PICTURED: Shrimp Po’Boy sandwich with fries. Photo by N. Lackey Shaffer

by Nancy D. Lackey Shaffer


Cajun Country Cafe
665 S. Ventura Road, Oxnard

If you love seafood, spice, sausage and rice, then the cuisine of New Orleans is for you. From rich gumbos to hearty jambalaya to fried catfish and red beans and rice, the food of the Big Easy is world famous for big flavor.

For fans of this very distinctive regional cuisine, loaded with Cajun and Creole influence, you’ll be happy to learn that Oxnard has recently become the home of Cajun Country Cafe. Opened by chef Jace Martyn in October, it’s already become a big hit — no small feat considering how pandemic restrictions have hampered the local restaurant industry. Luckily for Martyn, the cafe has become a popular destination for takeout orders of Po’Boy sandwiches (numerous options, by land and by sea), fish, chicken, gumbo, jambalaya, chili and the occasional barbecue dish.

I recently took my family to this small eatery (in the same shopping center as Aldi on Ventura Road) for an indulgent lunch out. The footprint is quite small; most of the space is devoted to the kitchen, and even if indoor dining was allowed, there wouldn’t be room for more than a few tables inside. Outside, there were two small tables on the sidewalk (this was prior to the current stay-at-home order). Martyn was happy to let us take over both of these to dine on site, wiping everything down before we sat. It was pretty clear, however, by the number of people who came and went over the span of about an hour, that to-go was the name of the game here. 

I love Southern-style food of all sorts, and was committed to trying everything I could on the menu. For myself: a large order of jambalaya. For my shellfish-loving preteen: a shrimp Po’Boy with fries. A rib plate with collard greens and macaroni and cheese was perfect for the barbecue fanatic. We rounded things out with a dozen hush puppies and some peach cobbler.

There wasn’t a single dish I wouldn’t order again.

New Orleans’ famous rice dish, jambalaya, was a very satisfying combination of grains, spices and tasty bites of chicken and spicy sausage. While this preparation was more of a side dish — it didn’t come laden with a lot of meat, for example — I can’t deny that it made for a flavorful and filling lunch all on its own, the seasoning long and deep.

Cajun Country Cafe’s delicious hush puppies. Photo by N. Lackey Shaffer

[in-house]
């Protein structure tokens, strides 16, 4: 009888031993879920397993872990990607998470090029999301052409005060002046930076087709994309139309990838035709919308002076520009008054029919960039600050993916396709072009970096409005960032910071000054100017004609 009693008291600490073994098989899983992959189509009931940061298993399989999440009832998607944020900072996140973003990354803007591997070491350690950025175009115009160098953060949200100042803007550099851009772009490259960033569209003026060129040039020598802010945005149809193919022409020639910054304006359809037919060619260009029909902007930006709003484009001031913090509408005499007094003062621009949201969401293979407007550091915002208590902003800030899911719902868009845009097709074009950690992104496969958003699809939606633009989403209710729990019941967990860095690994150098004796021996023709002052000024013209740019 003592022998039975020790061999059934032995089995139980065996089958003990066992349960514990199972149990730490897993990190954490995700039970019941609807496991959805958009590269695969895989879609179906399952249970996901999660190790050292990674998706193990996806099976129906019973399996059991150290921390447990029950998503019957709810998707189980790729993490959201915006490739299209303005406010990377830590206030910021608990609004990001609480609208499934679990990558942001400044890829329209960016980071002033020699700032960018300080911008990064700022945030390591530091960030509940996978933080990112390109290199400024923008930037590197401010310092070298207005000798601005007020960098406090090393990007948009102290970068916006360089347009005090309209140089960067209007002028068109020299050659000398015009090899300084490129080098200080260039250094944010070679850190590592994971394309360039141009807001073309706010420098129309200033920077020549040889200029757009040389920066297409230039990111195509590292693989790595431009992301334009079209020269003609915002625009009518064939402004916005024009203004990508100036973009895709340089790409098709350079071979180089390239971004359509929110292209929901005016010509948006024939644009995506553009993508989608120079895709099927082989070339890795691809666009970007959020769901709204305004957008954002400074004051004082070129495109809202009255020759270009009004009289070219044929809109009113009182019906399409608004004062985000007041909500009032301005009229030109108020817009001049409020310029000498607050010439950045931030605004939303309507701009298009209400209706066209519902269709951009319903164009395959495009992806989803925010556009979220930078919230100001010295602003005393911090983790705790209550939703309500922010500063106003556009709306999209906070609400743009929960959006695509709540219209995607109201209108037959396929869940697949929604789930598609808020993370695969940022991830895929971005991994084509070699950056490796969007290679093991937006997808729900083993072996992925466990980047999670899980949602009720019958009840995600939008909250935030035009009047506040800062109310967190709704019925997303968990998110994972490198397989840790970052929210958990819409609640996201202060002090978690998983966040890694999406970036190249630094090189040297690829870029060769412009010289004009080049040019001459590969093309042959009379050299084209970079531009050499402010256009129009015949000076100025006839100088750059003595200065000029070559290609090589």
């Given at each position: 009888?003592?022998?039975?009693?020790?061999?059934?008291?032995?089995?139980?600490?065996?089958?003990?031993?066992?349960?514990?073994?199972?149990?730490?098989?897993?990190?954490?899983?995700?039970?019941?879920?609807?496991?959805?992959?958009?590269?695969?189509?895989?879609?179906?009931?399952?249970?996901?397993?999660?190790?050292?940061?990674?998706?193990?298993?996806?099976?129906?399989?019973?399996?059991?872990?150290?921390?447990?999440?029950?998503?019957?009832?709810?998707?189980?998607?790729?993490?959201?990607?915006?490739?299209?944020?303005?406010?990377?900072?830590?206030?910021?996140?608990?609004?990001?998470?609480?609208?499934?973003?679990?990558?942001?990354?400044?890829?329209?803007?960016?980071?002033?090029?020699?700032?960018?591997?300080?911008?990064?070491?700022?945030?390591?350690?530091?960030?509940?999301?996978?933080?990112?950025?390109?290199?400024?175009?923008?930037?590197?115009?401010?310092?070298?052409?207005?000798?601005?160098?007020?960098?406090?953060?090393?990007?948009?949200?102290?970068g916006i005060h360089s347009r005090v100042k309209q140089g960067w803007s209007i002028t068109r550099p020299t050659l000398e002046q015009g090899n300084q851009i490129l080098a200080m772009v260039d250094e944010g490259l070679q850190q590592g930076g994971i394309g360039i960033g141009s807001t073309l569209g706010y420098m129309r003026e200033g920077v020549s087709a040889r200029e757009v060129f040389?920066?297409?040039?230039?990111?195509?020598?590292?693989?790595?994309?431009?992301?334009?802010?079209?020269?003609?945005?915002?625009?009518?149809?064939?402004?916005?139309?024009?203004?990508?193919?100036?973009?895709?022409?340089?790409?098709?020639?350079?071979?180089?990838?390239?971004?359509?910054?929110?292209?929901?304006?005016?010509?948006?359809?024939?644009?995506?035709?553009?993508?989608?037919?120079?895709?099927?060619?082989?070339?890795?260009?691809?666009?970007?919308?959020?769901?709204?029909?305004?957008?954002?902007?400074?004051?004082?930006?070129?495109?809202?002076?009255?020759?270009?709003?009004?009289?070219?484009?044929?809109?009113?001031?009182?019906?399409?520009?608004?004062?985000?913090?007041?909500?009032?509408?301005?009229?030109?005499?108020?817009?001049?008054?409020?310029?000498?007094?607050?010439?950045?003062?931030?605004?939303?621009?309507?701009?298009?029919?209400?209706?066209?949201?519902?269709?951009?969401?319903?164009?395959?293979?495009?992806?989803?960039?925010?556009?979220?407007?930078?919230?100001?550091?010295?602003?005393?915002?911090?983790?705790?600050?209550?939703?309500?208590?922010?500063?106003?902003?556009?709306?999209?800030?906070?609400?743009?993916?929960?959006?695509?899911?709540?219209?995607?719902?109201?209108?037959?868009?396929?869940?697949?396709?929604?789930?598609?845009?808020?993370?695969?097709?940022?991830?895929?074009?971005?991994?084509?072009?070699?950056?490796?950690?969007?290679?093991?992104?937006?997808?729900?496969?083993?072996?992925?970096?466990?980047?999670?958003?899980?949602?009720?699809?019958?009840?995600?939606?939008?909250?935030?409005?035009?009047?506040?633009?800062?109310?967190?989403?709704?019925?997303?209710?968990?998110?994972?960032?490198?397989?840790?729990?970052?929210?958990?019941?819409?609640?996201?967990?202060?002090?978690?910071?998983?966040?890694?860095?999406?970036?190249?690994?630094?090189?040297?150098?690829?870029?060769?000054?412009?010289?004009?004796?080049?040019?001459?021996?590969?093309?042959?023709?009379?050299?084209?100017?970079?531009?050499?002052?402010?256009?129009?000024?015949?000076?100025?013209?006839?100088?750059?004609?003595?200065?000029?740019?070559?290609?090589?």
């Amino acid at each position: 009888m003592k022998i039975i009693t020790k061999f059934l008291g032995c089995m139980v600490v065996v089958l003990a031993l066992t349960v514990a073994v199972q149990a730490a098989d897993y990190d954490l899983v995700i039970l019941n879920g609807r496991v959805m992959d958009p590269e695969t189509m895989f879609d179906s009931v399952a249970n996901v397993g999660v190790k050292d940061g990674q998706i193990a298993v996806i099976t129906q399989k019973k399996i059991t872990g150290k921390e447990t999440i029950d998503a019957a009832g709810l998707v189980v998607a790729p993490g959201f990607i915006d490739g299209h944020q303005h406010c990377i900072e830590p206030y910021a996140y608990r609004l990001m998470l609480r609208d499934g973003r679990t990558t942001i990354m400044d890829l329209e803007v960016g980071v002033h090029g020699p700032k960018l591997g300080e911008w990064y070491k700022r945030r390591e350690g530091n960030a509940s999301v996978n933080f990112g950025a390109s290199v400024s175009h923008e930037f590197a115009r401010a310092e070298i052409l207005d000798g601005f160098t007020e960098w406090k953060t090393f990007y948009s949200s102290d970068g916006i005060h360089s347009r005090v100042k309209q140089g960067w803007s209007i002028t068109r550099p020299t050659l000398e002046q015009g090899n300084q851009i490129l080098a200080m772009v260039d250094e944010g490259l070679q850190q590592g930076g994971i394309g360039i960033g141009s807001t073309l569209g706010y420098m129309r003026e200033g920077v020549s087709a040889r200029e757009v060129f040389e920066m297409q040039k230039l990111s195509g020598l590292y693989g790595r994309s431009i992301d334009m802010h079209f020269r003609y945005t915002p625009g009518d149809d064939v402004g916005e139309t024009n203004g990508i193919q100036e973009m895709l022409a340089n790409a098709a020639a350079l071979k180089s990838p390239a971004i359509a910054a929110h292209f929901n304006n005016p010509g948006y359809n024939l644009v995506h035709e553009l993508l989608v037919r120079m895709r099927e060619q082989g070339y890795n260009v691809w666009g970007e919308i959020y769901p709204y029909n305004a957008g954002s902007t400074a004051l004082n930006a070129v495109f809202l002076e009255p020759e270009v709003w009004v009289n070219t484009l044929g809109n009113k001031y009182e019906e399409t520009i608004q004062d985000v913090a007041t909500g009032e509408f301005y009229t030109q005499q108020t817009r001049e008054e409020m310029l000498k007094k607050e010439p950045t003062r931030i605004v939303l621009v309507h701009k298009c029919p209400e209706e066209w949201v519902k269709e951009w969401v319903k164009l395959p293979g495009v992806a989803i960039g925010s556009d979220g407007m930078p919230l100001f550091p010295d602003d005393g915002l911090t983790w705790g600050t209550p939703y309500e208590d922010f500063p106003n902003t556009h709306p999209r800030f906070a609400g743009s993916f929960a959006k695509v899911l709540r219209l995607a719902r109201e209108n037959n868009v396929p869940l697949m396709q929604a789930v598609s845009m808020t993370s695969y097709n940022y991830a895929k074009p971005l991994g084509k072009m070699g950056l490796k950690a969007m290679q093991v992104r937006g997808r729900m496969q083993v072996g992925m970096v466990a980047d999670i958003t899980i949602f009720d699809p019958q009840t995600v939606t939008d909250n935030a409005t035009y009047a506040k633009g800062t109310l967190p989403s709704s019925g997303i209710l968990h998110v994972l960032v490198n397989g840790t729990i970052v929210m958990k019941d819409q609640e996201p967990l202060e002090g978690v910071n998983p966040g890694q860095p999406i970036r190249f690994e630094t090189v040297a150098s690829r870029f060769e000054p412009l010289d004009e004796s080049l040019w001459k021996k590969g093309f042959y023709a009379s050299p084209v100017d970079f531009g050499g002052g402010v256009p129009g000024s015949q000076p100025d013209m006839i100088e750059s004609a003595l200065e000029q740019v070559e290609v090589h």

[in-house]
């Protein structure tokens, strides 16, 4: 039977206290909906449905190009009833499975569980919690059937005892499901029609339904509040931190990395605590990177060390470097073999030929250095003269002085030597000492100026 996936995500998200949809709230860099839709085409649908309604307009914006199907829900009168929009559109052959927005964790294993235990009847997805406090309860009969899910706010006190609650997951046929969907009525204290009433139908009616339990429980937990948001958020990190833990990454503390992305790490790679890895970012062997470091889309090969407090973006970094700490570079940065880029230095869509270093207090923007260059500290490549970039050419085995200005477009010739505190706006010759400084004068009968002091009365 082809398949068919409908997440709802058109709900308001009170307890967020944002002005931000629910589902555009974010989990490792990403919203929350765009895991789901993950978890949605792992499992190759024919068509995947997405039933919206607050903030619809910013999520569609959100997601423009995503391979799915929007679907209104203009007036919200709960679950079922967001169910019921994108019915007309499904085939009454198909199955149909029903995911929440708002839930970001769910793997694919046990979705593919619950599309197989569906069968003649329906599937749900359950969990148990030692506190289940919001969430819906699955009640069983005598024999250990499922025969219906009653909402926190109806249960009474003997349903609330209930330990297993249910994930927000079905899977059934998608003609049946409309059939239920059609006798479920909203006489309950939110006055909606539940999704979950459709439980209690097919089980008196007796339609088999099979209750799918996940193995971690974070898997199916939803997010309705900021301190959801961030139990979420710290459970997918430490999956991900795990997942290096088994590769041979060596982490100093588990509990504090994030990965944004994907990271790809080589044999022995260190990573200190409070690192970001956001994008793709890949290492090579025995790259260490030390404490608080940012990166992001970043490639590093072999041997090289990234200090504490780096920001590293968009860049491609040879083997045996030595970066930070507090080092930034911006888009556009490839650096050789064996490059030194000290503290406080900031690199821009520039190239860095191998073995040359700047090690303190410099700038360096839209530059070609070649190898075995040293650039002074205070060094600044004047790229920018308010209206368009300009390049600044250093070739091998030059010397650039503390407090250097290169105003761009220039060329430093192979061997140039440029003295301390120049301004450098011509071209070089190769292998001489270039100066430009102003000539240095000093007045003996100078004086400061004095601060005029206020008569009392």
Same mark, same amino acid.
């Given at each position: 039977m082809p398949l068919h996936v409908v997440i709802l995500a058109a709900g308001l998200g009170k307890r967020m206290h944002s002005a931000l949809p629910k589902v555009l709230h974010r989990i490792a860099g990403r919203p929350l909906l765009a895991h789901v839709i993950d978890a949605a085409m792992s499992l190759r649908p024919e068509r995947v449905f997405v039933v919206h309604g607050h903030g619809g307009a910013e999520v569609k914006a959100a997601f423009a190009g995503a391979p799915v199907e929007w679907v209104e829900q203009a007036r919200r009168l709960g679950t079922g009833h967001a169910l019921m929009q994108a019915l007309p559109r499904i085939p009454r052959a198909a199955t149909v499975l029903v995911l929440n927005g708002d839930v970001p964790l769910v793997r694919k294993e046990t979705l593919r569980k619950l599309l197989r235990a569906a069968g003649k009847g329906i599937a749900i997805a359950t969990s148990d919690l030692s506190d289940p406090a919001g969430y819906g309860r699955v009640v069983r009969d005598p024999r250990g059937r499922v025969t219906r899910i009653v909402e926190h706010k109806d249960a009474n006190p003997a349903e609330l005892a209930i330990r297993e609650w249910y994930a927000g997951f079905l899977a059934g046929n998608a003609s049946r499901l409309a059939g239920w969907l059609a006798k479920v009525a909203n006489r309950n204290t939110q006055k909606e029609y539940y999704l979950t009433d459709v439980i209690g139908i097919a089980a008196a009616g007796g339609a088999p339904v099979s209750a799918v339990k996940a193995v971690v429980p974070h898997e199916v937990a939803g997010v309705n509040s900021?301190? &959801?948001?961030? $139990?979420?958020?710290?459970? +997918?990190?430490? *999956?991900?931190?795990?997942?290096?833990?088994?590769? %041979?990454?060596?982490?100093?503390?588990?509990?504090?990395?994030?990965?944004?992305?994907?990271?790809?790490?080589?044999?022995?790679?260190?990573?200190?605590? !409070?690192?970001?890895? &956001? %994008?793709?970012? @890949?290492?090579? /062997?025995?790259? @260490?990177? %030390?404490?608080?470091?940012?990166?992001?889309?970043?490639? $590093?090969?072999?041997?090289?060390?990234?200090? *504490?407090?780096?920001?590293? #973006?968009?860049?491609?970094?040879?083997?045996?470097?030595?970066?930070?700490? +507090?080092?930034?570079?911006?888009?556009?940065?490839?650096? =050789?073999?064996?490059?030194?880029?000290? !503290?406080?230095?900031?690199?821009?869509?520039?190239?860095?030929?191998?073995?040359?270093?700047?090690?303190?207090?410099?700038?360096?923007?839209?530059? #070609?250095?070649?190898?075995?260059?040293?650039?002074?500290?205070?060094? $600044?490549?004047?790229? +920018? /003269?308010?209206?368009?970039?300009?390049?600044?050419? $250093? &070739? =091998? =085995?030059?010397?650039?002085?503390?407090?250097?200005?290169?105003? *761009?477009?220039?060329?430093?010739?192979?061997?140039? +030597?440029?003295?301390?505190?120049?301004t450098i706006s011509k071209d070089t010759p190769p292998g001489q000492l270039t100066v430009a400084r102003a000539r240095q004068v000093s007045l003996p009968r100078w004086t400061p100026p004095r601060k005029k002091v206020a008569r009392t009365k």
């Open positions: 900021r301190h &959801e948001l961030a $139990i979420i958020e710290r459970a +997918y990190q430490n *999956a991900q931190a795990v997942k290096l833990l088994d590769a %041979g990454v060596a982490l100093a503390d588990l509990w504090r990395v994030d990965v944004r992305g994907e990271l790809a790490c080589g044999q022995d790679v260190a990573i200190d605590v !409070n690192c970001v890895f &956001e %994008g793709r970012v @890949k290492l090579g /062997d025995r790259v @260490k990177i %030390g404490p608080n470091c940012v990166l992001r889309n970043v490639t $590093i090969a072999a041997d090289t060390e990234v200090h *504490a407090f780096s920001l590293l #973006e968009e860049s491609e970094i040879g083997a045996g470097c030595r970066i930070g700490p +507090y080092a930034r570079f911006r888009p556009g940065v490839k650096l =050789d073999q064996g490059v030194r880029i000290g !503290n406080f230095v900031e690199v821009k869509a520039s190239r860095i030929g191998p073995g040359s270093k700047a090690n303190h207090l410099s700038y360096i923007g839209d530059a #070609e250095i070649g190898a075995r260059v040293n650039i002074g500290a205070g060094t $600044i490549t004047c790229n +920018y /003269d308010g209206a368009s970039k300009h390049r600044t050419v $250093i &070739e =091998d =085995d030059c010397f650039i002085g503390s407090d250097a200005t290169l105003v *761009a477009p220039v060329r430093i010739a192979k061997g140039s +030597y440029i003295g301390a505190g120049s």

The barbecue spare ribs were tender, meaty and plentiful, slathered in Martyn’s own rich, sticky, sweet and smoky sauce. The very definition of finger-licking good! That sauce was addictive; Martyn should really bottle it. I’m not a fan of collard greens myself, but my husband adores them — and he gave them high marks. We all appreciated the homemade mac and cheese side dish as well.

And we were all happy to help out with the excellent Po’Boy, too. It included a sliced French roll that was absolutely loaded with fresh, plump shrimp deep fried to perfection, plus a helping of lettuce, sliced tomato, pickles and mayonnaise. So delicious! I doubt any one of us could have finished that enormous sandwich on our own, but as everyone was eager to try a bite . . . well, there were no leftovers by the end. 

Same with the hush puppies. For those unfamiliar, these are small fried balls of seasoned corn meal batter — something of a cross between a donut and cornbread. If you’re counting calories or carbs, beware. But if you’re willing to accept the consequences, the subtle sweetness and crunchy golden-brown goodness of a hush puppy is a wonderful complement to fish, sandwiches, stews and the like. Cajun Country Cafe does this fried Southern specialty proud; not a doughy or burnt ball in the bunch.

We’re a group that can usually find room for dessert. So we loosened our belts to dig into Cajun Country Cafe’s homemade peach cobbler. Peaches aren’t in season this time of year, but no matter: Martyn and his team managed to create a cobbler with sweet, soft peaches, a hint of cinnamon and a delicate crust. Probably better during the summer, when stone fruit is at the peak of ripeness, but I will not complain.

“Fat and happy” is the phrase that comes to mind when I reflect on our Southern feast from Cajun Country Cafe. It was a joy to gorge on this handcrafted, homestyle fare from someone who is intimately familiar with New Orleans-style cooking. If I had family in Louisiana, I imagine I’d have something very like what Martyn and his staff prepared for us. As soon as my waistline can accommodate a return trip, I intend to take one.